What’s all the fuss about incidental findings?
8th November 2013
Anna was invited to discuss her work on attitudes towards the return of incidental findings, for discussion with 30 genetic health professionals as part of a Genethics Club meeting at Addenbrookes Hospital, Cambridge, UK. The sharing of incidental findings is a very topical issue for Clinical Genetics Services and we were able to add our empirical data from <7,000 people from 75 different countries on public attitudes. This helped to shape the conversation about what could/should be shared with NHS patients accessing genomic sequencing technologies.
Excerpt from the Genethics Club:
“The Genethics Forum is for health professionals – and other interested parties – to discuss and explore difficult ethical and/or legal issues encountered in genetic medicine. The Genethics GeCIP (genomics England clinical interpretation partnership) focusses on such issues encountered in the 100,000 genomes project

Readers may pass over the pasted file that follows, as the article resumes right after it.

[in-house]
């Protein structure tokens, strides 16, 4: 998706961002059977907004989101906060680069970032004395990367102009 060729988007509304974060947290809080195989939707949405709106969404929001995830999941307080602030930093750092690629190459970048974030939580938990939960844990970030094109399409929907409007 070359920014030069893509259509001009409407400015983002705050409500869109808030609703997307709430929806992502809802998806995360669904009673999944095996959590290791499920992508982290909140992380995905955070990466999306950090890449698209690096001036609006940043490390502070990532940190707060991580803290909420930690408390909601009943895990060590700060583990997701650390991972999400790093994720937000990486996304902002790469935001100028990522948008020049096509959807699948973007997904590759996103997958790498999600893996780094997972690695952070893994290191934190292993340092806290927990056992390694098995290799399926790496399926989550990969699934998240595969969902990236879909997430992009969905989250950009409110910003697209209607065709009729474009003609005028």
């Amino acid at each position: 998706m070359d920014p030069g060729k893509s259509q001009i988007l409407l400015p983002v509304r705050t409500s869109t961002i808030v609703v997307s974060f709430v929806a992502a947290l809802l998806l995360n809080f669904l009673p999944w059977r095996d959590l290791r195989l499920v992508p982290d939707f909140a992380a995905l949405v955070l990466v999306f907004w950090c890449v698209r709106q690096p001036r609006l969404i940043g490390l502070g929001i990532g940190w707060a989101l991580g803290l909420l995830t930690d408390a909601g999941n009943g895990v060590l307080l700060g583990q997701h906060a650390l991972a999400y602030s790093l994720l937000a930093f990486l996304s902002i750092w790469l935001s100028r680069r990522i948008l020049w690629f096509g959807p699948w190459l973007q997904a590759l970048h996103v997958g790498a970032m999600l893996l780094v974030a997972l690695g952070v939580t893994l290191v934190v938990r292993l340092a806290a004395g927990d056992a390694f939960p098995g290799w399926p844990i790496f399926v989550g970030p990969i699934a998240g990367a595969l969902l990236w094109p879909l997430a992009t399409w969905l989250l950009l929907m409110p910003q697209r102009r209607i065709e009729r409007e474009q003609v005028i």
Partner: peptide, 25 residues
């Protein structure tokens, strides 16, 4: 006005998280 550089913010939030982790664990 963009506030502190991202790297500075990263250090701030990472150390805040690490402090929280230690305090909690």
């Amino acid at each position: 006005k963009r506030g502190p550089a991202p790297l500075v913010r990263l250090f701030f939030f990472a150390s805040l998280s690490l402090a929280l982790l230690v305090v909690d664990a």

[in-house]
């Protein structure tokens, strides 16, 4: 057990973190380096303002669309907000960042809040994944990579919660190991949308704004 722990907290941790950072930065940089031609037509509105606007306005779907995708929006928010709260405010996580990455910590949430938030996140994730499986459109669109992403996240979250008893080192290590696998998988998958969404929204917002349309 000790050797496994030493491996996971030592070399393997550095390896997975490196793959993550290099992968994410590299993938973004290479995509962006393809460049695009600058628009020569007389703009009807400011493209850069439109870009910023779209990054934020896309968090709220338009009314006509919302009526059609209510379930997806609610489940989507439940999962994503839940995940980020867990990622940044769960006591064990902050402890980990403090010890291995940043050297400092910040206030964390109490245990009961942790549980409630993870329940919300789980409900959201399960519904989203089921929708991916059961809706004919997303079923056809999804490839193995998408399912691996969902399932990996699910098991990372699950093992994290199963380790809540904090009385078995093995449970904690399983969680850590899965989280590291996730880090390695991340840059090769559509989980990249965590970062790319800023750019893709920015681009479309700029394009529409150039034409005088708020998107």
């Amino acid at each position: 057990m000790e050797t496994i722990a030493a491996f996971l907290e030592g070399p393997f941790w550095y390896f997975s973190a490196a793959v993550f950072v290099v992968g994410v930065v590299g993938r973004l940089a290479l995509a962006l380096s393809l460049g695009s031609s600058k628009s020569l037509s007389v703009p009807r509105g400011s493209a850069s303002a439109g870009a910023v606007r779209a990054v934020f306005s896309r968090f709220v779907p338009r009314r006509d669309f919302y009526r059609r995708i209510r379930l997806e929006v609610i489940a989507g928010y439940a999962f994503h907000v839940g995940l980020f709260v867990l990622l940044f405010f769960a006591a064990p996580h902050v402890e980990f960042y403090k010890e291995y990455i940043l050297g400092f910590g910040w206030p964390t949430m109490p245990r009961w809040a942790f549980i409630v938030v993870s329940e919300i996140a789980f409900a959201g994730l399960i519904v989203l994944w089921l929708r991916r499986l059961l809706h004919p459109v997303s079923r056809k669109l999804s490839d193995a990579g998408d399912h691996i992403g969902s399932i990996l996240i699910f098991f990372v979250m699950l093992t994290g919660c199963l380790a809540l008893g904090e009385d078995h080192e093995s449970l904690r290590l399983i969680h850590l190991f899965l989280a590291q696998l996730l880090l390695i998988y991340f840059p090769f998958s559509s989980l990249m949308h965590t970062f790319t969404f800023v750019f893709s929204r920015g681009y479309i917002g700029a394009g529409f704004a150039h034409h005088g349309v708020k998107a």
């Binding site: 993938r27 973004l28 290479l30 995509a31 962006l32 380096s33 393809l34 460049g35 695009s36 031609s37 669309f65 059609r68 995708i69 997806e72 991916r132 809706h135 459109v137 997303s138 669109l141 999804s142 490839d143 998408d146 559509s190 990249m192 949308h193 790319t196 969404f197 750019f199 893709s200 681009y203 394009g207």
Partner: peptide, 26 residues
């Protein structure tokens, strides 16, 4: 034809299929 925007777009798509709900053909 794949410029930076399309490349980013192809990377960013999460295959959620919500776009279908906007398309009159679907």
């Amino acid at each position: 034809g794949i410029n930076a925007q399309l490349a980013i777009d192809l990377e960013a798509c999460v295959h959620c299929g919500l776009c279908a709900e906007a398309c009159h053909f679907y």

The Genethics Forum takes place three times a year and anyone working in a clinical genetics department is welcome to come along. The meetings are relatively informal in order to facilitate discussion of cases presented from different centres. The meetings usually include a plenary talk on a particular theme of interest, such as for example, a talk by a medical lawyer on the law on confidentiality in genetics. The meetings are multi-disciplinary and aim to have a medical ethicist and an academic medical lawyer present at each meeting. The Genethics Club policy on confidentiality and case discussion is below.
THE FORUM’S AIMS
To help health professionals to identify ethical issues arising in the day to day practice of their work with patients and families
To help geneticists, genetic counsellors and nurses to develop their skills in identifying and resolving ethical issues
To provide a forum for the presentation and discussion of cases from units around the country
To encourage the sharing of good practice
To help units to develop ways of ensuring that ethical considerations inform the day to day practice of their units
To contribute to the improvement of ethical decision-making in practice
WHO IS IT FOR?
Anyone working in the specialty of clinical genetics, as well as medical lawyers or ethicists with an interest in genetics.”